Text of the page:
Maybe my prayers are a little off-kilter. When in doubt, go back to the classic. I need to join with Jesus in praying, "Thy Kingdom come," and then seeking His guidance and working within my sphere to confidently and creatively overturn the areas that run counter to this kingdom. Including the areas within my own heart. Recommending ways to God and then getting upset when they don't come about is not the way. Taking matters into our own hands is not the way. Aligning with Egypt against Babylon is not the way.
And behaving like Babylon is certainly not the way.
I've been passionate about the theology of work for a long time. Others are as well, rediscovering what the Reformers had rediscovered so long ago now. Here's a great description on this from Credo (https://credomag.com/article/martin-luther-and-the-doctrine-of-vocation/):
Even the word “vocation” prior to the Reformation referred specifically to church-related callings like serving as a priest or monk or nun. Luther recaptured this word and used it instead to refer to every calling a Christian might legitimately fulfill: cobbler, farmer, baker, blacksmith, wife, mother, civil servant, and so on...To Luther, the cobbler’s work was just as valuable as the priest’s precisely because justification was received by faith alone. A sinner did not come into union with Christ or earn his right standing with God on the basis of mystical contemplation or religious activity. Saving righteousness was received immediately—not as a process—by faith.
Calling and vocation are not just for the clergy, and what we do in our everyday work matters for the kingdom. And, as N.T. Wright described, personal piety divorced from what one does day in and day out is simply not the way of Christ.
And, I love Wright's word "interrogated" from that earlier quote. We can't inherit the faith of our parents, or our pastors, or our friends. We must grapple with, process, and interrogate what we have received in light of Scripture. We must particularly interrogate the messages we've received "out there" in the culture about what living one's faith is supposed to look like. Strangely, in the United States, Christian faith and particular political beliefs continue to become inextricably tied.
But I guess this has happened before. The Catholic church's alignment with authoritarian regimes in South America, in Spain. Lutheran Germany in the modern era, right through the Nazi regime. One becomes Babylon.
This is not the way (Note: I've stopped watching the Mandalorian...too slow for me!...but loved the "this is the way" mantra).
What, according to Jesus, is the Way? What people and behaviors does He compliment during His time on earth?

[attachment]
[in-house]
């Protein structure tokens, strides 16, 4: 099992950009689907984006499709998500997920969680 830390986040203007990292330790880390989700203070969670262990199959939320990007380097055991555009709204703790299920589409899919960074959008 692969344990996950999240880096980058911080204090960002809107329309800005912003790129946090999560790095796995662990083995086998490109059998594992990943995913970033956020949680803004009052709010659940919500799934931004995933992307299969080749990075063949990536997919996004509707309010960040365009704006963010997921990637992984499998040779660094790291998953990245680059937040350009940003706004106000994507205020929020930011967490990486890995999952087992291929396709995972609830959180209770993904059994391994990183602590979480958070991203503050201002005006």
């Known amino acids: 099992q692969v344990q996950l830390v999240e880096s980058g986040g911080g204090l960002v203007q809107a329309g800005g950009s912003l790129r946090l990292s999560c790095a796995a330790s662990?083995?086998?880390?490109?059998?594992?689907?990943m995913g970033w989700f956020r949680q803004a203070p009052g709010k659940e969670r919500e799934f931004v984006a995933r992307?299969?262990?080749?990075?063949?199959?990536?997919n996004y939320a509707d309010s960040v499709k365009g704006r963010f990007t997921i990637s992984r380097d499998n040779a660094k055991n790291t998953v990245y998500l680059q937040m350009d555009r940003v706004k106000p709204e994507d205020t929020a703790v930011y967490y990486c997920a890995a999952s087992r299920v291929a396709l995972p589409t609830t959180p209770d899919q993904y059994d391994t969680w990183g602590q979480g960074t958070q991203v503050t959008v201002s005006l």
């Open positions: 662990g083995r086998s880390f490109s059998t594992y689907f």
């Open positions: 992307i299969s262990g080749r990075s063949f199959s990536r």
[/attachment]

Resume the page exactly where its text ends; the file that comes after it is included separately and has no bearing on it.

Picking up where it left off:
This site has a nice section on "compliments of Christ" (https://soundteaching.org/2019/11/07/compliments-from-christ/), noting the following compliments that Jesus gave:
To Nathanael, for his genuineness, his lack of guile and hypocrisy.
The Roman Centurion who asked Jesus to heal his servant, for his faith and recognition of Jesus' authority and power.
John the Baptist, for his his humility and stewarding of his servant role before the Lord.
The widow who gave all of her money in a tithe to the church.
The Mary who worshipped Jesus by anointing His feet and wiping them with her hair.
How would I summarize this group? They worshipped extravagantly. They didn't fear expense or being too "put out" by serving the kingdom. They saw their proper role before the Lord and didn't try to usurp Jesus' place. They faithfully served in their work while recognizing that they served a higher authority. They were authentic, and honest and more concerned with pleasing Jesus than pleasing those around them.
With the exception perhaps of Nathanael, everyone on this list either definitely (because Scripture shows us) or likely got "flak" from others because of their interactions with Jesus. A Roman centurion asking an itinerant Jewish preacher for help? And why did he care so much about this servant anyway (by the way, can't wait to see what the series The Chosen does with this story!)?? John the Baptist was clearly thought of as being odd and pretty "out there." The widow ludicrously donated money to the very regime that Jesus was always at odds with, for their corruption, hypocrisy, and oppression of others. But the widow was really giving her money for the Lord's use, and Jesus praised this. And, of course, the narrative descriptions of a woman pouring expensive perfume, letting down her hair, and wiping Jesus feet. We would freak out to see a woman doing that to someone today! It is only appropriate when offered to the Son of God.
As are all of these behaviors. These are ludicrous things to do unless they are in service to and in worship of the Lord.
And yet, is this not what we are called to? Not to plot and stew and fret over the way things are in a world that is not as it should be.
When working in Babylon, we should look like a John the Baptist, if that is our prophetic calling. Or a widow giving her all. Or a woman going all-out in worship of her Lord. Or someone high in civil authority openly asking God for help and humbly waiting to receive it. Or Nathanael just authentically joining the ranks of the disciples, not doing anything flashy, not becoming a Big Deal, but just faithfully following his Lord.